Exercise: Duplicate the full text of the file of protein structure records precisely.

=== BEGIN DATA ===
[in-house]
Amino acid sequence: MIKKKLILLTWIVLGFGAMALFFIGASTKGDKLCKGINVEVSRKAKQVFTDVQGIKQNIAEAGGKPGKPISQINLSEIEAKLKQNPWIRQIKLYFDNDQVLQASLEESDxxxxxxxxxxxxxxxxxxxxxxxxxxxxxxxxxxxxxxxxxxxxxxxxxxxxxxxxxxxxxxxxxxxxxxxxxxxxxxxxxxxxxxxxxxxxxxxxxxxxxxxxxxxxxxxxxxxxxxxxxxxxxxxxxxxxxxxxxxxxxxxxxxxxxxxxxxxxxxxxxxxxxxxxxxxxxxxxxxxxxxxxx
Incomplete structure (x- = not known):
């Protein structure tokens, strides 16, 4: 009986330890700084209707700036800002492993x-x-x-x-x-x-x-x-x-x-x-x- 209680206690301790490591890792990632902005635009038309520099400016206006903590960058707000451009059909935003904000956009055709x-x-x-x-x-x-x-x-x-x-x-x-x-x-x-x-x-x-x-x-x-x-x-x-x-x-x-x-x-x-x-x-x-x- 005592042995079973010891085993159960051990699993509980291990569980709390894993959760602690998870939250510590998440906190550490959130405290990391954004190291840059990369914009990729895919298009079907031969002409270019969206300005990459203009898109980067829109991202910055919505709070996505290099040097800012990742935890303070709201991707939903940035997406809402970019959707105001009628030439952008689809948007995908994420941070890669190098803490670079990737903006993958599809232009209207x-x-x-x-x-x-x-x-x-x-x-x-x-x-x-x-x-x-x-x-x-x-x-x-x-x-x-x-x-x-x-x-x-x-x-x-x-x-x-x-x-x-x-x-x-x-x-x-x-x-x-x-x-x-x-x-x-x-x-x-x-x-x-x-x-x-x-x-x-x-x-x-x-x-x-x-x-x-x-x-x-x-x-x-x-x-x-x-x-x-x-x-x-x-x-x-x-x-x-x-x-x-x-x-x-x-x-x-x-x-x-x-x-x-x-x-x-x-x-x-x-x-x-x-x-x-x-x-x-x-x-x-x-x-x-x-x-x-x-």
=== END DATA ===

[in-house]
Amino acid sequence: MIKKKLILLTWIVLGFGAMALFFIGASTKGDKLCKGINVEVSRKAKQVFTDVQGIKQNIAEAGGKPGKPISQINLSEIEAKLKQNPWIRQIKLYFDNDQVLQASLEESDxxxxxxxxxxxxxxxxxxxxxxxxxxxxxxxxxxxxxxxxxxxxxxxxxxxxxxxxxxxxxxxxxxxxxxxxxxxxxxxxxxxxxxxxxxxxxxxxxxxxxxxxxxxxxxxxxxxxxxxxxxxxxxxxxxxxxxxxxxxxxxxxxxxxxxxxxxxxxxxxxxxxxxxxxxxxxxxxxxxxxxxxx
Incomplete structure (x- = not known):
């Protein structure tokens, strides 16, 4: 009986330890700084209707700036800002492993x-x-x-x-x-x-x-x-x-x-x-x- 209680206690301790490591890792990632902005635009038309520099400016206006903590960058707000451009059909935003904000956009055709x-x-x-x-x-x-x-x-x-x-x-x-x-x-x-x-x-x-x-x-x-x-x-x-x-x-x-x-x-x-x-x-x-x- 005592042995079973010891085993159960051990699993509980291990569980709390894993959760602690998870939250510590998440906190550490959130405290990391954004190291840059990369914009990729895919298009079907031969002409270019969206300005990459203009898109980067829109991202910055919505709070996505290099040097800012990742935890303070709201991707939903940035997406809402970019959707105001009628030439952008689809948007995908994420941070890669190098803490670079990737903006993958599809232009209207x-x-x-x-x-x-x-x-x-x-x-x-x-x-x-x-x-x-x-x-x-x-x-x-x-x-x-x-x-x-x-x-x-x-x-x-x-x-x-x-x-x-x-x-x-x-x-x-x-x-x-x-x-x-x-x-x-x-x-x-x-x-x-x-x-x-x-x-x-x-x-x-x-x-x-x-x-x-x-x-x-x-x-x-x-x-x-x-x-x-x-x-x-x-x-x-x-x-x-x-x-x-x-x-x-x-x-x-x-x-x-x-x-x-x-x-x-x-x-x-x-x-x-x-x-x-x-x-x-x-x-x-x-x-x-x-x-x-x-």